That result came in the Spanish Grand Prix, which was a strong recovery drive after a disappointing qualifying where he failed to follow Hamilton into Q3 after the pair clashed awkwardly on the main straight. Even if he rather cheekily gained places at the start by appearing to run off track in the opening corners, Russell’s pace in the race allowed him to get ahead of Sergio Perez into third and take the final podium spot behind his team mate. But Spain was far from Russell’s best performances of the season. In Jeddah, he secured an excellent third on the grid, then fought to keep pace with the quicker Aston Martin of Fernando Alonso and was within five seconds of him at the finish in fourth place.
His best round was in Melbourne, where he secured a front row start alongside Verstappen and muscled into the lead at the start, then pitted when the Safety Car was deployed to appear in a very strong position. Sadly, red flags put a heavy dent into his victory chances before a power unit failure ended them completely, leaving him without points from a very good weekend. He showed his skills again in Miami, easily out-qualifying Hamilton and passing multiple cars to work his way up the order and finish fourth behind the two Red Bulls and Alonso.
But despite these moments of brilliance, he also lacked the consistency to continue to deliver them regularly. He made mistakes in the wet in Monaco which cost him more points than he eventually scored in fifth, even despite a penalty, while an unforced error during the Canadian Grand Prix effectively ended his race after hitting the wall. He was solid in Austria, being one of only two drivers not to earn a single track limits strike, but was eliminated in Q1 in Hungary before recovering well enough to finish sixth. At Spa, he underperformed in both qualifying sessions and managed to get in Hamilton’s way on his final sprint qualifying run, but at least secured another top six in the grand prix.
Russell has shown he continues to have the speed to match Hamilton in the first half of the season, but he’ll want to ensure that he is more consistent over the remaining ten rounds of the year.
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6 – Charles Leclerc – Ferrari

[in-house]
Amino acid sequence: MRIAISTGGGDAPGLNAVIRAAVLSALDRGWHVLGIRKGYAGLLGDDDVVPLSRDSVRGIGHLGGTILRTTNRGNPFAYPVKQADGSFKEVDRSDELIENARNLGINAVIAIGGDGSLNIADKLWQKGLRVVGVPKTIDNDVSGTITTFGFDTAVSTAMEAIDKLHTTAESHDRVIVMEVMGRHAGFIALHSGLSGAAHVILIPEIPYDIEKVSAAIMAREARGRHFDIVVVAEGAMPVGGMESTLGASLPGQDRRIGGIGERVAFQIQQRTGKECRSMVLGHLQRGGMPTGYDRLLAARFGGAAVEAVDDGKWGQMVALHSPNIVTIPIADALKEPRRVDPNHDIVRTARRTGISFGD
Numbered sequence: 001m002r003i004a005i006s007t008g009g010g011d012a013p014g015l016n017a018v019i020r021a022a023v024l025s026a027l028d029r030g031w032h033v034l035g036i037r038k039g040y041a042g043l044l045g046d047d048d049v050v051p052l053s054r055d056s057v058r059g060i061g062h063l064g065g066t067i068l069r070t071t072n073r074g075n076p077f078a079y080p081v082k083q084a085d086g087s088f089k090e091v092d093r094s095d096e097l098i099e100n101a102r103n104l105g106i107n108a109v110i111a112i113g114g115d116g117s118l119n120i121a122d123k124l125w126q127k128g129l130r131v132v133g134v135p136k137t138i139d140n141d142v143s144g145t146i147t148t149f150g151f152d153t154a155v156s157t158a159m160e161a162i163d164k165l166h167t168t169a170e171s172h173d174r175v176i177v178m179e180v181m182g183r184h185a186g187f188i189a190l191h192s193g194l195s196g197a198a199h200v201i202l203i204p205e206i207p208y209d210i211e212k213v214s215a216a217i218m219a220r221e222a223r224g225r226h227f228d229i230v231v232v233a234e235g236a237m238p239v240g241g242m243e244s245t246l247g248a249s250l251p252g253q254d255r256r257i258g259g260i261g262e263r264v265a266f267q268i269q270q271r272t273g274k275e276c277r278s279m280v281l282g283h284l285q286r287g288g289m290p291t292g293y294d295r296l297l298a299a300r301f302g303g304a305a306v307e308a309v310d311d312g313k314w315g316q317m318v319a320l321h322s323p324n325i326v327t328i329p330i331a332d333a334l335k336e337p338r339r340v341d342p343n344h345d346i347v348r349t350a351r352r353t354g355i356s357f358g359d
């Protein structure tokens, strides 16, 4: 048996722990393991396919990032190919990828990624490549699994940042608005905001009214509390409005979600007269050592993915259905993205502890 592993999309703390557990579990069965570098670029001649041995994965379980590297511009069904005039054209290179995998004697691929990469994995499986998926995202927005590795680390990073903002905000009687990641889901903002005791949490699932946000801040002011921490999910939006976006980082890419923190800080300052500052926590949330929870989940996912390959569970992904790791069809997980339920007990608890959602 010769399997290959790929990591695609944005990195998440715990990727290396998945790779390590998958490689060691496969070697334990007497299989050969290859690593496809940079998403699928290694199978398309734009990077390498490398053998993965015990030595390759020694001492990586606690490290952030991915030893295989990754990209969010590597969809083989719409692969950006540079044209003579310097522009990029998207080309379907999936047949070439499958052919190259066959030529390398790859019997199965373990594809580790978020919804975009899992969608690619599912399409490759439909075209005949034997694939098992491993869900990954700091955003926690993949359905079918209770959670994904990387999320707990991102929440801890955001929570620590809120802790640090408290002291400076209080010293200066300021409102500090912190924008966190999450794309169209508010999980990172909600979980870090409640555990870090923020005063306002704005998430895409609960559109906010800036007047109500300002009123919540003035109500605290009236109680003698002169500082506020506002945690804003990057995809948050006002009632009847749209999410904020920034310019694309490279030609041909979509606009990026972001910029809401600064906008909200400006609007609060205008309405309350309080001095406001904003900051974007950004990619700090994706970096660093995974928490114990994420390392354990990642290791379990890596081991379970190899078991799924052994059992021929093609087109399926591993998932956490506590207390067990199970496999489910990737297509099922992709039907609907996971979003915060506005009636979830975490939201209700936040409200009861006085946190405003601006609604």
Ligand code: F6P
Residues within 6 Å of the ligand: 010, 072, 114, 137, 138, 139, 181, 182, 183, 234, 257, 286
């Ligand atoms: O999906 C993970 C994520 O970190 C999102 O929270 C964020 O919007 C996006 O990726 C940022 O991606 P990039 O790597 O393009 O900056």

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Having gone from championship leader just three rounds into 2022 to, a year later, sitting tenth in the standings on just six points and 63 behind Verstappen at the equivalent point of the season, it was easy to understand why Charles Leclerc turned to writing piano music to cope with his emotions.
But while Leclerc did not help himself through 2022 with some unforced errors at key moments, his poor positioning at the start of this season had little to do with his driving. He showed that over the remaining rounds until eventually bringing himself up to fifth in the standings at the summer break, level with the man directly behind him in these rankings – Russell.
He got off to a strong start in Bahrain as he qualified directly behind the two Red Bulls and bettered Perez to take second place before he was eventually caught later in the race. He had a very strong chance of a podium to start the season, but his power unit refused to finish the race, leaving him without any points for his efforts. In Jeddah, Leclerc was struck with a ten-place grid penalty for using his third control electronics in just two rounds, but took second in qualifying before recovering from 12th on the grid to finish behind his team mate Sainz in seventh.
After early frustration, Leclerc was on fire in Baku. He not only secured a stunning pole for the grand prix on Friday, he repeated that achievement in Saturday sprint qualifying before taking second place in the sprint race. There was almost nothing he could do to stop the Red Bulls from simply driving around him in the DRS zone in both races, so a podium in third was the best realistic result he could have achieved. But after brilliance in Baku, Leclerc was mediocre in Miami. He crashed out at turn seven twice in the weekend – once in practice on Friday, then in Q3 on Saturday – but in the race he made no progress from seventh on the grid and admitted he was simply trying to get to the chequered flag.
More frustration followed at home in Monaco where he lost third on the grid due to an impeding penalty after he was not warned about Norris approaching him after his final Q3 run, eventually finishing where he started in sixth. But Leclerc started to struggle in damp conditions, which quickly became a problem as drivers kept having to deal with rain. He was knocked out of Q1 in 19th in Spain in intermediate conditions, then missed Q3 at the next round in Montreal before struggling again in the wet during sprint qualifying in Austria. However, he almost snatched pole position in grand prix qualifying and drove a strong race on Sunday to finish second behind Verstappen.